Published by IBA on 8/13/12
Gov. Patrick signed a new healthcare bill intending to rein in medical care costs by linking them to the state’s overall economic growth rate.
Last week, Gov. Patrick signed a new healthcare bill. The intent was to rein in medical care costs, by linking them to the overall economic growth rate in the state. Medical providers whose charges exceeded this could be subject to financial penalties.
Two other components of note:
1) A newly enacted law in Massachusetts will adopt the “Disclosure, Apology, and Offer” approach to help resolve malpractice cases. The healthcare cost control bill — recently passed by the Massachusetts legislature and signed by Gov. Deval Patrick on August 6 — contains specific language that facilitates an approach of “Disclosure, Apology, and Offer” (DA&O) to address medical malpractice claims. Under the DA&O model, healthcare professionals and institutions and their insurers disclose to patients and families when unanticipated adverse outcomes occur; investigate and explain what happened; establish systems to improve patient safety and prevent the recurrence of such incidents; and, where appropriate, apologize and offer fair financial compensation without the patient having to resort to legal action. The thought here is that this could potentially lower malpractice payouts, which are a contributing factor to healthcare costs…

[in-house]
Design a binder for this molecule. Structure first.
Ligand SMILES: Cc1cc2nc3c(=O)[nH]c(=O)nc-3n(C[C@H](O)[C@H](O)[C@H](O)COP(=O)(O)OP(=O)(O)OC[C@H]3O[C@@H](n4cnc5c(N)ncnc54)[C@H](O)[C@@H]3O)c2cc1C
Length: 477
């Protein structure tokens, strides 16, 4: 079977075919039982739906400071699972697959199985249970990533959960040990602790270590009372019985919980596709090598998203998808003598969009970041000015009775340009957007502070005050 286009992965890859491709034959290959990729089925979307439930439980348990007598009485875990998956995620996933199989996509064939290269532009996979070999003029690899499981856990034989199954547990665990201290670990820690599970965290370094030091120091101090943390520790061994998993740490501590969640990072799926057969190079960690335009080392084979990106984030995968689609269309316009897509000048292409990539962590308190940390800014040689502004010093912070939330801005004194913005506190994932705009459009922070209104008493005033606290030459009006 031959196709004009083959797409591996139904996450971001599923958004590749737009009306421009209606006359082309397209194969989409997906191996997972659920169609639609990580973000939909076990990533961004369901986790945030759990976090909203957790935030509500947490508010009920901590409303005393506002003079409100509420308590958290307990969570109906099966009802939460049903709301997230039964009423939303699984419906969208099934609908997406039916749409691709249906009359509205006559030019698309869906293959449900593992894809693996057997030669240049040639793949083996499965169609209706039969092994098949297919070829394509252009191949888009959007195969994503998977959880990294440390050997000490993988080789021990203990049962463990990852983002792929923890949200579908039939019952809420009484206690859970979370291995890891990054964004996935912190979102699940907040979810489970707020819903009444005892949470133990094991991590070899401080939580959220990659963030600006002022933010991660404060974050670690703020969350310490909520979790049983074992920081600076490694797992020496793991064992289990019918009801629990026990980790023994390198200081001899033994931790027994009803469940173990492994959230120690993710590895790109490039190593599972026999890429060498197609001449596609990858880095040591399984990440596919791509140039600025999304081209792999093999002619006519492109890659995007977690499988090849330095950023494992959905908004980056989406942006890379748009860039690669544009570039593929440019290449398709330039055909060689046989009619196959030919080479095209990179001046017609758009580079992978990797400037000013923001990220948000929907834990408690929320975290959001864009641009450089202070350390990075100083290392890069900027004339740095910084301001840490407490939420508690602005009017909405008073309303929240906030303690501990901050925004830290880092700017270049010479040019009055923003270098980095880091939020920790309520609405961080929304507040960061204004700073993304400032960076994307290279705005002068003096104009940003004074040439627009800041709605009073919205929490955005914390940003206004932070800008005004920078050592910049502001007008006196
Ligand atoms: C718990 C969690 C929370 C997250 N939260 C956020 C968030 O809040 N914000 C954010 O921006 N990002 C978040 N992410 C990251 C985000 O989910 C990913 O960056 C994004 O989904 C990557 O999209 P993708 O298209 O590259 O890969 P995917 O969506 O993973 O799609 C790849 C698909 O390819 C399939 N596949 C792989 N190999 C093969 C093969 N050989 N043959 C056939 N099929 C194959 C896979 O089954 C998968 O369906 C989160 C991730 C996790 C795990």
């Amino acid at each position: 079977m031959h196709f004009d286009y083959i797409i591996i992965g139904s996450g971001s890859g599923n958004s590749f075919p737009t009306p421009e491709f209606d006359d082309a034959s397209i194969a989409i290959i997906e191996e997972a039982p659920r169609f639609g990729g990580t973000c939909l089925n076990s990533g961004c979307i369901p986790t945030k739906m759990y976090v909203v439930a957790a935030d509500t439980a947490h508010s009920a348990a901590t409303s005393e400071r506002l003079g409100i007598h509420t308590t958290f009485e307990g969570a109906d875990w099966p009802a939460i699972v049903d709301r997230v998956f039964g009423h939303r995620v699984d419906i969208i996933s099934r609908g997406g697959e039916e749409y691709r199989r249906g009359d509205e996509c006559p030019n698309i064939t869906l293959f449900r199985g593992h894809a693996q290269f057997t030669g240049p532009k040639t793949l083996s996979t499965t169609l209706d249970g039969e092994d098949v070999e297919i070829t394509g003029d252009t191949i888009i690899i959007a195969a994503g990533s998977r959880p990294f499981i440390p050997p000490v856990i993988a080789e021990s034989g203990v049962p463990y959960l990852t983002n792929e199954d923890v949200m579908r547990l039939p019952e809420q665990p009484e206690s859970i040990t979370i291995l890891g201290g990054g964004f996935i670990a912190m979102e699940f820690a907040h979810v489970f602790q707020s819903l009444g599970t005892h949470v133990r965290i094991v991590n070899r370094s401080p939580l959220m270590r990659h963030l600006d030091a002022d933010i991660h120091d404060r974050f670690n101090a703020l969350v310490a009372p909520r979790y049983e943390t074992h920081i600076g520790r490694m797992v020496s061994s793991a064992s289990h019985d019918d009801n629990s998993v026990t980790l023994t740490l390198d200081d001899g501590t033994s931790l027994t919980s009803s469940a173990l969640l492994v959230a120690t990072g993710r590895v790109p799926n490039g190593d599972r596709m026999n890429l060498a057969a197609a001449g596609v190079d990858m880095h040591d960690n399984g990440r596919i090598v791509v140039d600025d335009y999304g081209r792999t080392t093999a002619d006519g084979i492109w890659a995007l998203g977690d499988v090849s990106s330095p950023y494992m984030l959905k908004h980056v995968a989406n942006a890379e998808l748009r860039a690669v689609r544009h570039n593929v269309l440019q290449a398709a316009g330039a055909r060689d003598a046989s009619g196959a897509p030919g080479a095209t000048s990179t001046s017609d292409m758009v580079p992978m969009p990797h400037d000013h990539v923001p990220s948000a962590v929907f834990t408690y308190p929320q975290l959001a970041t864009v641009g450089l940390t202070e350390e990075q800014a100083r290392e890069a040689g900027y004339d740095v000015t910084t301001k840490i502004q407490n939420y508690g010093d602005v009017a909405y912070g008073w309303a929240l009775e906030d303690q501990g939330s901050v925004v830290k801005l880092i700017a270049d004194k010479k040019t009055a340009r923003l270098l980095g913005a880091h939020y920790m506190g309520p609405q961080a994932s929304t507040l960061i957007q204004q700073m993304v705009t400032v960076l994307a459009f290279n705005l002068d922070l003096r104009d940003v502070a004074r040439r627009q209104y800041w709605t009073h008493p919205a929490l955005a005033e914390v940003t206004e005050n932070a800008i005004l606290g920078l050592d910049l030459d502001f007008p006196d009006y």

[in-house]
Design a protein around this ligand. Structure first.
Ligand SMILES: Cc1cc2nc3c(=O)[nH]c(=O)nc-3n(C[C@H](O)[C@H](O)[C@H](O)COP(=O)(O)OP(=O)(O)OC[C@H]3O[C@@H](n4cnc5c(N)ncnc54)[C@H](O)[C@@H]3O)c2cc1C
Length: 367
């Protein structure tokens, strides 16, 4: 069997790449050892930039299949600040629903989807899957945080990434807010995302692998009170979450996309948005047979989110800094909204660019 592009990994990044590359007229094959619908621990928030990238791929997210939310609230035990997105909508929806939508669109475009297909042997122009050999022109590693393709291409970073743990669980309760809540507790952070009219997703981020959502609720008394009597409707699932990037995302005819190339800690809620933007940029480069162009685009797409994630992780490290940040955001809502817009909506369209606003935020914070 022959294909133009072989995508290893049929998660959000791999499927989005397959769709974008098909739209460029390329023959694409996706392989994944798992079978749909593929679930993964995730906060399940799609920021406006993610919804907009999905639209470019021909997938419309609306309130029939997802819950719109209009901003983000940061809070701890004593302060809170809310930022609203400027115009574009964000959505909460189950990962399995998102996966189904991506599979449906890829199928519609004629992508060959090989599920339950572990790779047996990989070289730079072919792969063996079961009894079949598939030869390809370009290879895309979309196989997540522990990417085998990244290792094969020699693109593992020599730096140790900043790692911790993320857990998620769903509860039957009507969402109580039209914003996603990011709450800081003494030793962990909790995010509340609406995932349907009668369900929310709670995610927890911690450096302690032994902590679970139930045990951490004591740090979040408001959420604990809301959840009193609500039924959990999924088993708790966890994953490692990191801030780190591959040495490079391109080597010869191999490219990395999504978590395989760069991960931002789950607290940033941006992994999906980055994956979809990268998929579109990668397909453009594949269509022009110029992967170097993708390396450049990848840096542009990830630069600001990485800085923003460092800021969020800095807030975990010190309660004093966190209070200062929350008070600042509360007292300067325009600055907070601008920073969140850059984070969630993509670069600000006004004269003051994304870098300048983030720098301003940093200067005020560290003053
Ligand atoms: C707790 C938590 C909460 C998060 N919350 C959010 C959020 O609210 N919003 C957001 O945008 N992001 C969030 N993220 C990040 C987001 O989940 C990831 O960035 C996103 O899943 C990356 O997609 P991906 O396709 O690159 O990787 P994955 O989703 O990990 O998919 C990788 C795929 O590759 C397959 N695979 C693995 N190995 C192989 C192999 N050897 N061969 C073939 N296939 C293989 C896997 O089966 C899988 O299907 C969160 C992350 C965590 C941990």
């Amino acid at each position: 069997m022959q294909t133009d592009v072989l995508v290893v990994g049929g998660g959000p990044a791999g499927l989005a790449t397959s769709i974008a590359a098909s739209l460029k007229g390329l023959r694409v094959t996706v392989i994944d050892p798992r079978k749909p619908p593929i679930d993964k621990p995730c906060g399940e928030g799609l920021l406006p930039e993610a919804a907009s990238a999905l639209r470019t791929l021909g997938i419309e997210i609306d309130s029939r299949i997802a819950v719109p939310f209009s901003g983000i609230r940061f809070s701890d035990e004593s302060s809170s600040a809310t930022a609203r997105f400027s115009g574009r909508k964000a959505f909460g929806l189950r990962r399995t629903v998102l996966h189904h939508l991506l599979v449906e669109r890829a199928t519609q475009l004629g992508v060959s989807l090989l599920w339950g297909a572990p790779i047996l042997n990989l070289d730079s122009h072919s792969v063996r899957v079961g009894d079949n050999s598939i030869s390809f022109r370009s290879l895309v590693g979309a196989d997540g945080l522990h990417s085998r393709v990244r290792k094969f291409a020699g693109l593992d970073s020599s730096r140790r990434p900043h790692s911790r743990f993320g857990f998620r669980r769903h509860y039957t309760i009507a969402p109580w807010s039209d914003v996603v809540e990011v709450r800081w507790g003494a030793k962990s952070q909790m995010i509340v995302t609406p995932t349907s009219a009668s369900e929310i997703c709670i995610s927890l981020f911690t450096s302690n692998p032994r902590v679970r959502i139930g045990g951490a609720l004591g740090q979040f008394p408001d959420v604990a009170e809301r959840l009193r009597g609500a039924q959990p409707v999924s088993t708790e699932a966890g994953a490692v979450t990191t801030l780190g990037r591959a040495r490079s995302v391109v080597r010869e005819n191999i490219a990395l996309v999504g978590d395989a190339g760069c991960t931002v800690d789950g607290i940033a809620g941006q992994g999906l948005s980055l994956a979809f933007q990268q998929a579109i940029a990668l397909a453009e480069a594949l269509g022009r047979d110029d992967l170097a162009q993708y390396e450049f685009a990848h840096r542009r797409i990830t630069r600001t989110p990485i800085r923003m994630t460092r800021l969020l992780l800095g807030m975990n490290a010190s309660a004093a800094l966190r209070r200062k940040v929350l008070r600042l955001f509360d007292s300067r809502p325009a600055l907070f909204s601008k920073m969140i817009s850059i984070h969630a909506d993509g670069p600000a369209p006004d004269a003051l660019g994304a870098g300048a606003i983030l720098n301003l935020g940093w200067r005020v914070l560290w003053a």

2) Health Cost Bill Changes Fair Share Formula
The health care bill signed by Governor Patrick last week contains two significant revisions to the Fair Share Contribution provision of the 2006 Massachusetts health care reform law. The revisions, which will take effect on July 1, 2013, include:
1. The law will no longer apply to employers with fewer than 21 full-time equivalent employees (FTEs). Currently, employers of 11 or more FTEs are obligated to comply.
2. Employees who have “qualifying health insurance coverage” through other sources will no longer be included in the calculations related to their employers’ fair share contribution compliance.
One of the two “tests” for fair share contribution compliance requires that an employer have a take-up rate for group health insurance of at least 25 percent of full-time employees. In calculating the take-up rate (number of full-time enrolled divided by total full-time), the total full-time number currently must include employees who were offered health insurance but who waived participation because they have coverage through their spouse, parent, Medicare or other source.
Businesses that legitimately offer health insurance coverage to their employees will no longer be penalized for those workers already covered by other means.
It remains to be seen how these changes will be reconciled with the fair share formula contained under federal health care reform. The national Affordable Care Act requires only employers of 50 or more FTEs to comply. Employer penalties, capped at $295 per year per full-time equivalent employee in Massachusetts, are $2,000 per employee under the federal law after subtracting 30 from the total employee number.
State agencies are preparing to tackle the many reconciliation issues, some of which will require legislative action. Their decisions will affect employers, residents, and the commonwealth itself. AIM will be involved and keep you informed.